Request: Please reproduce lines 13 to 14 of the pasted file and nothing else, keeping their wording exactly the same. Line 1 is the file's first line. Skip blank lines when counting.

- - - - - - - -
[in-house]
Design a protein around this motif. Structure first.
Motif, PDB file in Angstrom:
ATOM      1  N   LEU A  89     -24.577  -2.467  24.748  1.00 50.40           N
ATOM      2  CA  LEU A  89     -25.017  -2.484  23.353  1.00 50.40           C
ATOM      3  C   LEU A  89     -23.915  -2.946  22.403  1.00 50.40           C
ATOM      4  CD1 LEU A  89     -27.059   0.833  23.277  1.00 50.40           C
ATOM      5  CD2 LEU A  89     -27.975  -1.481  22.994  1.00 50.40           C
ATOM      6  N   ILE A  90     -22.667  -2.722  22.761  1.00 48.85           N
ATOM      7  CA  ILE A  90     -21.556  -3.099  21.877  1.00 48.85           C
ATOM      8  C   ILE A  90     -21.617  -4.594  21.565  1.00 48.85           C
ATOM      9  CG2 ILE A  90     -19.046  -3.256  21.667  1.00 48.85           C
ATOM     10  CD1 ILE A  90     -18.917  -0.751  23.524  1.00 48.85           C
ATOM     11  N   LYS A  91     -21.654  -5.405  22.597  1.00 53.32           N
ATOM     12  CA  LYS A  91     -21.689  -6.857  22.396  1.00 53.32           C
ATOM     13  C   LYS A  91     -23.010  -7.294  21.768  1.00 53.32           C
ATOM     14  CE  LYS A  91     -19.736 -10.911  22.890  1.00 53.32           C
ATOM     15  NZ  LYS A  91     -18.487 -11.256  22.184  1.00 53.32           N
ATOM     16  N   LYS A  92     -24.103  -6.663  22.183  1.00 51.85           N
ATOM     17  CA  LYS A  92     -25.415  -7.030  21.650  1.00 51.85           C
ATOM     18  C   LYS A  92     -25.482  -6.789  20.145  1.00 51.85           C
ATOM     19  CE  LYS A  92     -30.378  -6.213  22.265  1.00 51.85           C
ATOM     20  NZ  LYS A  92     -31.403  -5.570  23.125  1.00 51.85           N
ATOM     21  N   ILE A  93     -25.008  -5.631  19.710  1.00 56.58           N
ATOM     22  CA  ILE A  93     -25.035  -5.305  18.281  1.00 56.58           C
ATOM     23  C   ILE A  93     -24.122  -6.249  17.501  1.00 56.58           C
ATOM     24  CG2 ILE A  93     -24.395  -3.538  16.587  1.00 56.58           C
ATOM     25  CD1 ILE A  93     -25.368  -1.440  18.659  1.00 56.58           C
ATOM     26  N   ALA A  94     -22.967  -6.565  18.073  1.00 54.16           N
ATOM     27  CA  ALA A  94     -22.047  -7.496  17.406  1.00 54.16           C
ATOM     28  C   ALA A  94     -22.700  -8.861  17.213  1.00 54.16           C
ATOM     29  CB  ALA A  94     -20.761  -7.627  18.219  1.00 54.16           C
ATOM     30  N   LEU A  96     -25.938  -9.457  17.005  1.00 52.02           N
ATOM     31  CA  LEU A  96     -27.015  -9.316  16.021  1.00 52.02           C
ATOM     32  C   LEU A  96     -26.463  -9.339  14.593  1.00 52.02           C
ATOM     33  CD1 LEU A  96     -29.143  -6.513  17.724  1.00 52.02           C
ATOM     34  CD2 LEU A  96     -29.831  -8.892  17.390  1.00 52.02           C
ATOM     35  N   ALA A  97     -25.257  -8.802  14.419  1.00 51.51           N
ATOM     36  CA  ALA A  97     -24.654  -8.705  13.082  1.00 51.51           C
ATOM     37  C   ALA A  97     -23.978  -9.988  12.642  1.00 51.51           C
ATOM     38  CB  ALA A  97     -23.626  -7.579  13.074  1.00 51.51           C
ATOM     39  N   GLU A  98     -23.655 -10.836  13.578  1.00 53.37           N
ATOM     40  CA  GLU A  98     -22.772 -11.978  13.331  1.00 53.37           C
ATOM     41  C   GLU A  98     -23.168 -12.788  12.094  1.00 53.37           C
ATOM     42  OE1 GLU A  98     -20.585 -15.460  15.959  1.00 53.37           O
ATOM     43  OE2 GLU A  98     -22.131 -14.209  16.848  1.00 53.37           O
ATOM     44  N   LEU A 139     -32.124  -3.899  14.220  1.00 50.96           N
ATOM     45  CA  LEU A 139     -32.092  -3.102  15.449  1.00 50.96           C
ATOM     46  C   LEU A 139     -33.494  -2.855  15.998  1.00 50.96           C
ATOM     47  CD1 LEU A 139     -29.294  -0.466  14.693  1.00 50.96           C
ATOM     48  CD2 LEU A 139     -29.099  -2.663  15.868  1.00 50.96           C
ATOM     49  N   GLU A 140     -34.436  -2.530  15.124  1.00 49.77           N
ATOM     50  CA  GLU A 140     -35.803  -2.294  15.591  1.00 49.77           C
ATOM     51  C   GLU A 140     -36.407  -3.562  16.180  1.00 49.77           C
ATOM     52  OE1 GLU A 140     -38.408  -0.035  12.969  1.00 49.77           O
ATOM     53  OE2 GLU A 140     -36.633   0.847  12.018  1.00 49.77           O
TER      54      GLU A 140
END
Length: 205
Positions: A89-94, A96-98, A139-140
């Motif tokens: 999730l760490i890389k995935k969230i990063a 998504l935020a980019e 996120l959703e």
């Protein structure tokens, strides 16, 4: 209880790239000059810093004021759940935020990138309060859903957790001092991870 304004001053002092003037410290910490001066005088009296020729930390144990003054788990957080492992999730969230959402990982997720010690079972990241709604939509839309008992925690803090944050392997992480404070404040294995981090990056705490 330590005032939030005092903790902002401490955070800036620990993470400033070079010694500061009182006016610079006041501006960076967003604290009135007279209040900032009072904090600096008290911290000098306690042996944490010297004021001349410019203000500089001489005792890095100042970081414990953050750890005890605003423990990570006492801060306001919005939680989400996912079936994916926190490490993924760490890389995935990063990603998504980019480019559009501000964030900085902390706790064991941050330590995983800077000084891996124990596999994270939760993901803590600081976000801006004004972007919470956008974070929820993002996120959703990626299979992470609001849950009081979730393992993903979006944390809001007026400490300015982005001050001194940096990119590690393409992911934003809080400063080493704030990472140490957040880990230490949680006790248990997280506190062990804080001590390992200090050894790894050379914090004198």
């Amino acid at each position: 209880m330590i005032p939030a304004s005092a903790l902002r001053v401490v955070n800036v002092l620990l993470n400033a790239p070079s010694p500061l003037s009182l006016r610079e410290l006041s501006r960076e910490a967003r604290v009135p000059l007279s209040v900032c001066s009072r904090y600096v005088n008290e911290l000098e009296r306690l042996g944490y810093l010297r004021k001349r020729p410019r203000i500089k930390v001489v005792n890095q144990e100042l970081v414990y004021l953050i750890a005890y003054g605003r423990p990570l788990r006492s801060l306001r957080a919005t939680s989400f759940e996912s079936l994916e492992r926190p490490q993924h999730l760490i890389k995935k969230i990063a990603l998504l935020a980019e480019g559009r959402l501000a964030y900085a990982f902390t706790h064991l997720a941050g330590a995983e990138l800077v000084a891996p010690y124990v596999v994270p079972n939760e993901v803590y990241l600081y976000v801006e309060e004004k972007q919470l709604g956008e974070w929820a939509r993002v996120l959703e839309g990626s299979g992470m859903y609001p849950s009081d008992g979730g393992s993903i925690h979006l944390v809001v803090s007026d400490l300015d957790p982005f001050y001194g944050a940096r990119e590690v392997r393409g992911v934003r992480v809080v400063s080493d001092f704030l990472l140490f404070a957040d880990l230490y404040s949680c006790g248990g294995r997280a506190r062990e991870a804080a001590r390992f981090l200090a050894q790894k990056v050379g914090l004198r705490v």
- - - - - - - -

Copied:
ATOM     10  CD1 ILE A  90     -18.917  -0.751  23.524  1.00 48.85           C
ATOM     11  N   LYS A  91     -21.654  -5.405  22.597  1.00 53.32           N